Wake-Up Call

S&P downgraded the sovereign debt of the U.S. from AAA to AA+ on Friday evening. The press release read more like a political manifesto than any kind of serious credit evaluation, so I’m not sure what the point of the exercise was. Especially coming from the folks who brought you the AAA mortgage CDO.

However, there is a point and that is that the U.S. government is overspending and over-committed. We are spending almost as much as the entire rest of the world on our military, yet we are not threatened by our land neighbors – Canada and Mexico – so essentially all the military budget goes on adventurism and foreign empire. Yet the defense secretary tells us to cut pensions and health care rather than the military budget.

Instead of slashing defense, Panetta said, the bipartisan panel should rely on tax increases and cuts to nondiscretionary spending, such as Medicare and Social Security, to provide the necessary savings.

Sheer insanity.

Speaking of which, our health care and pension commitments, both to citizens and government employees, are generous and have no cost containment and so are an open invitation for the unscrupulous to help themselves, which they do, with our health care costs being twice as high as other developed countries yet delivering poorer results in aggregate.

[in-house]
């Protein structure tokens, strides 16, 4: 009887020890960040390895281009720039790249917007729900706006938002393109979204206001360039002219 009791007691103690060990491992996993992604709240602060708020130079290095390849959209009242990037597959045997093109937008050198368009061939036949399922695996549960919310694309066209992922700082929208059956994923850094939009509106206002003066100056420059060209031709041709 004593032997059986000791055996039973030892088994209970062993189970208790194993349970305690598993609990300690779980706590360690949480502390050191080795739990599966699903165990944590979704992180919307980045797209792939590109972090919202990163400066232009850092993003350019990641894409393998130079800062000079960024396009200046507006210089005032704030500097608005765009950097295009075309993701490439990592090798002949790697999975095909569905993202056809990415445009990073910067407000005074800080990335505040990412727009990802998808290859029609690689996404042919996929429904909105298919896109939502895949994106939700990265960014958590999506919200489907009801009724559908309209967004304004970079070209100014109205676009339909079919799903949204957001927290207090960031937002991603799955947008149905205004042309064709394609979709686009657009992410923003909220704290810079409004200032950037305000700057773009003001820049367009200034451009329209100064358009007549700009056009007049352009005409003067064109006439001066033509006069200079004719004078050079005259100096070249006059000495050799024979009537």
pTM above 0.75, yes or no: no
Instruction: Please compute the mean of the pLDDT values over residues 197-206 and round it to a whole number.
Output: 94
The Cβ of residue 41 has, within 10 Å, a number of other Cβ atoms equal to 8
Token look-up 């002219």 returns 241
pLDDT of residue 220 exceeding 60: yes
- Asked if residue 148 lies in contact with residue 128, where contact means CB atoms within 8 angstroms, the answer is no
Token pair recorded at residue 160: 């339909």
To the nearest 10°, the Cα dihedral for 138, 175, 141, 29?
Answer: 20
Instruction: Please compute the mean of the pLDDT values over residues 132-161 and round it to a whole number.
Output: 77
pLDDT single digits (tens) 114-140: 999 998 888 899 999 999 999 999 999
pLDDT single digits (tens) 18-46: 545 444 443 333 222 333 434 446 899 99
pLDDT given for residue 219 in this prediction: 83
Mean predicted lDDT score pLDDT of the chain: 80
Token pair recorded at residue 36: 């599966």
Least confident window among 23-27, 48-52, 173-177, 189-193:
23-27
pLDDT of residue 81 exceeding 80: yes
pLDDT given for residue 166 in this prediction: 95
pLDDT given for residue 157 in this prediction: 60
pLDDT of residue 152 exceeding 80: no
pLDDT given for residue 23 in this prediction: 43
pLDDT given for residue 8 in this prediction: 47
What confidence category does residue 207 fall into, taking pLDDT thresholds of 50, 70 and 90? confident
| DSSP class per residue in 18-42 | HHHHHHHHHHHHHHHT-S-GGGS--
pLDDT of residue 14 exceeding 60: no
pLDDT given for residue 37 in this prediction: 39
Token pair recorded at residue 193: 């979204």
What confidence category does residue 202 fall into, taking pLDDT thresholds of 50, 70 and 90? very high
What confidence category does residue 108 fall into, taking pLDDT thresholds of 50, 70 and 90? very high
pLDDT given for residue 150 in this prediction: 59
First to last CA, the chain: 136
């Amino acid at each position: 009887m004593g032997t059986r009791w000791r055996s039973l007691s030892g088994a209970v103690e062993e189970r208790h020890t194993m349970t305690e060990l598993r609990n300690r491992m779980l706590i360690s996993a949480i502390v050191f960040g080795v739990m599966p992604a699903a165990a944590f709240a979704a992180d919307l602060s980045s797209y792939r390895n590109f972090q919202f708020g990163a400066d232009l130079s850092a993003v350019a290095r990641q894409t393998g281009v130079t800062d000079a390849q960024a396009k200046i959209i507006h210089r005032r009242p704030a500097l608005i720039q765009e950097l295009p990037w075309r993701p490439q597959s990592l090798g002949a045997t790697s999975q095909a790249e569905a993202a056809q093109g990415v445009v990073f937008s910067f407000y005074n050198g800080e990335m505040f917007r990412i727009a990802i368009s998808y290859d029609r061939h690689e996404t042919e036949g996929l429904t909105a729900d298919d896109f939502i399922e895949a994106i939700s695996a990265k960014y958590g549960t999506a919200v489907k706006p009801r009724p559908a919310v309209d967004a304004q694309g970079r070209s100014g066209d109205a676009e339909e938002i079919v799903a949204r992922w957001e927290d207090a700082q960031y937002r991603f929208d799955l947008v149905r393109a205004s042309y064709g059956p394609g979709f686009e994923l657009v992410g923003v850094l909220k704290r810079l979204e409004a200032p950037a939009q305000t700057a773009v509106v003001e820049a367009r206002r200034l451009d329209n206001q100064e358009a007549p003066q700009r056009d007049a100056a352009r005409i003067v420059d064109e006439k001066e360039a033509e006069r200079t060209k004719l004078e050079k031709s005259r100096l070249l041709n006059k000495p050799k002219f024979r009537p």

The longer this goes on and the bigger government grows, the larger the ultimate shrinkage will have to be and so will the resultant shock to the economy. Yes, reducing government spending will cause GDP to shrink. There’s no way around that. But all the “stimulus” spending is doing is putting off the inevitable at the expense of a bigger crash later. As Caroline Baum observes:

Ten years and $8.35 trillion later, what do we have to show for this decade of deficit spending? A glut of unoccupied homes, unemployment exceeding 9 percent, a stalled economy and a huge mountain of debt. Real gross domestic product growth averaged 1.6 percent from the first quarter of 2001 through the second quarter of 2011.

It is time to put aside Paul Krugman and his Keynesian ilk, and deal with reality rather than fantasy. Yes, it will hurt. But it will hurt less now than later.

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